Factual Causation

Causation: Defined as the link between the 'action' of the D and the 'consequence' that occurs. Furthermore, the rules of causation are essential when proving fatal, non fatal and other result crimes.

1. There are 2 types of Causation

a. Factual Causation - 'But for' test

b. Legal Causation 

a. Factual Causation

  • The D must be the FACTUAL cause of the victims injuries
  • This is proved using the 'but for' test

'but for test' - would the consequence have occured 'but for' the Defendants actions. If yes, the result would have occurred in any event, the defendant is not liable. If the answer is no, the defendant is liable as it can be said that their action was a factual cause of the result.

R v Pagett

  • used girlfriend as a shield to protect himself during police shootout. Police shot and killed the girlfriend

[BUT FOR his actions, the girlfriend wouldn't have died]


R v White

  • D decided to kill mum to gain inheritance -> put poison in her drink but died of a heart attack before consuming too much

[It couldn't be proved that the D's actions were the factual case of his mothers death. 'BUT FOR' his actions. the mother still would've died.]

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Legal Causation

b. Legal Causation - 'De minimus' Principle.

  • Once factual causation is established, legal causation must show that the D's act/omission has legally caused the crime
  • D's actions do not need to be the main cause of the harm but mjust contribute is some way to the consequence.

'De minimus' Principle: The D actions must be more than a minimal cause of the crime but need not be a substantial cause

R v Kimsey

  • D involved in car chase with friend -> she lost control of the car and other dirver was killed

[she didn't have to be the main cause of the death as long as she was a 'more than minimal' cause of death. It was said there needed to be 'more than a slight or trifling link' to find her liable]

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Legal Causation

Thin Skull Rule

  • Cover situations where there's something unusual about the victim
  • Covers exitsting medicial conditons and relgious beliefs

'succeptibility of the victim' - does not break the chain of causation as you have to take your vicitm as you find them 

A Defendant will be liable for the full extent of the injuries they cause even if the V has a medical condition that makes injuries worse.

R v Blaue

  • D stabbed V
  • V needed blood transfusion due to relgious beliefs
  • V died and medics said she wouldn't have died if she had the blood transfusion

[D liable and convicted for manslaughter - D had to take victim as he found her including any relgious beliefs she held]

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Breaks in the Chain of Causation

2. Breaks in the Chain of Causation

Novus Actus Interveniens (intervening acts)

[sufficently separate and sufficiently serious and unreasonable]

a. Acts of 3rd Parties

Medical treatment - The only time medical treatment will break the chain of causation is if it is 'PALPABLY WRONG'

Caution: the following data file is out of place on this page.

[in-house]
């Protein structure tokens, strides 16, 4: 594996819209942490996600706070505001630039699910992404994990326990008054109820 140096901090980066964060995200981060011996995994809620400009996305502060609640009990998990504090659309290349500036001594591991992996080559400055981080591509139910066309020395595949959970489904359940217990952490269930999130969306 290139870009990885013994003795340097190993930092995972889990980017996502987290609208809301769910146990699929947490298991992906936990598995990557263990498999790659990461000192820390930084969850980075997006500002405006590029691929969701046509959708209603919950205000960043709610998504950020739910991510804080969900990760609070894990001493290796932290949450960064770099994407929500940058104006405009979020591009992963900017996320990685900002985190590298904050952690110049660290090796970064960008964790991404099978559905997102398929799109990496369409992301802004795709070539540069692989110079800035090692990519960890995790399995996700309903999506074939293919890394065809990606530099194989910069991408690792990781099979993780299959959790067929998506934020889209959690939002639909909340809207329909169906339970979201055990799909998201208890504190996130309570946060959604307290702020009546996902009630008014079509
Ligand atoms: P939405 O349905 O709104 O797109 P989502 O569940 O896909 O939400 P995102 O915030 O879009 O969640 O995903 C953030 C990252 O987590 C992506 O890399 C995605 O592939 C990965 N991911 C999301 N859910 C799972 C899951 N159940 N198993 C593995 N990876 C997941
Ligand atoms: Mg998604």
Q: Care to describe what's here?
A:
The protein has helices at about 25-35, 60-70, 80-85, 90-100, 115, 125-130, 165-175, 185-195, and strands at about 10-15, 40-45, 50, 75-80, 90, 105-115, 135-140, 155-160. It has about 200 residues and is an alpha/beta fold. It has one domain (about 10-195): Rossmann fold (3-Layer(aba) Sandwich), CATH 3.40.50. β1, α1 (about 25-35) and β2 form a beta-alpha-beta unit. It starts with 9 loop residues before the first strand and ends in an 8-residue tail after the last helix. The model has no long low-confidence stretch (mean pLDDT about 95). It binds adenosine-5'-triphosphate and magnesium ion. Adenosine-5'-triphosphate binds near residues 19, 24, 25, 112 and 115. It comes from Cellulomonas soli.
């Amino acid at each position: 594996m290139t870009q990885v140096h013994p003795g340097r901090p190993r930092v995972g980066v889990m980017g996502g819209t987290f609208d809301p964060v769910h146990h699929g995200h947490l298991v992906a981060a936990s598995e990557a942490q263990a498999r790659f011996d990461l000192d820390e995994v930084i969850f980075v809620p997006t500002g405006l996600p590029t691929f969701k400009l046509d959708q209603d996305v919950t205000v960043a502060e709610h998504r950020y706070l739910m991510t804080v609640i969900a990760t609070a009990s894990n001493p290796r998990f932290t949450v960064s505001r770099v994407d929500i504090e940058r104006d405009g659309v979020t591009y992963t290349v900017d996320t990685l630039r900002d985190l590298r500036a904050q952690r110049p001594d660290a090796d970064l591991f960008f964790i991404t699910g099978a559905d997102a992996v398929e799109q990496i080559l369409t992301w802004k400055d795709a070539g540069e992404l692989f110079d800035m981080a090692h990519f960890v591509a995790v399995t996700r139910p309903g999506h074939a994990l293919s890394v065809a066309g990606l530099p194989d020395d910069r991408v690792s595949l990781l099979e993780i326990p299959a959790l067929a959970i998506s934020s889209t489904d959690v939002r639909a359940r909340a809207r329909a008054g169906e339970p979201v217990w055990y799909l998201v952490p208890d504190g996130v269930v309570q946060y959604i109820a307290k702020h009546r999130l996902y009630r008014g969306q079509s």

R v Jordan

  • V stabbed and taken to hospital.
  • V showed evidence of an allergy to pain killers but they administered in in a larger dose
  • Docs later found out about V allergies and tried to flush drugs out his body
  • Docs did it poorly, his organ drowned and victim died.

[Medical treatment was palpably wrong and broke the chain of causation.[OG D was no longer responsible for V death] 


R v Smith *******

  • D and V (soldiers)
  • V stabbed and dropped twice whilst carried to medical officer who failed to apprecaite the severity of his injuries. After dely, treatment didn't help.
  • V died of stab wounds.

[ The Doc wasn't an intervening act as the stab wound was still the operating and substantial cause of death]

R v Cheshire

  •  D shot a man in the stomach and thigh.
  •  Man was taken to hospital where he was operated on and developed breathing difficulties. The hospital gave him a tracheotomy (a tube inserted into the windpipe connected to a ventilator).
  • Several weeks later his wounds were healing and no longer life threatening, however, he continued to have breathing difficulty and died from complications arising from the tracheotomy.

[His conviction was upheld despite the fact that the wounds were not the operative cause of death. Intervening medical treatment could only be regarded as excluding the responsibility of the defendant if it was so independent of the defendant's act and so potent in causing the death, that the jury regard the defendant's acts as insignificant. Since the defendant had shot the victim this could not be regarded as insignificant]

 NOTE; switching off life-support machine doesn't break the chain of causation (R v Malcherek & Steel)

b. The Victim 

The V may break the chain of causation if they act in an 'unreasonable manner. The chain of causation is NOT broken if the action of the D is reasonably forseeable.

R v Roberts

  • D was giving a lift to V and started to touch her
  • V jumped out the moving car to escape as she thought she was going to be *****

[D held liable for injuries as they were a forseeable result of his actions]

R v Marjoram

  • D and others forced open V's hostel room door and burst into the room
  • V fell/jumped from the window and sustained serious injuries

[His fear of the group and his only exit being the window was reasonably forseeable. D's found guilty]


c. Unpredictable events 

If a natural event like being struck by lightning ovvurs, it is NOT reasonably forseeable therefore will break the chain of causation

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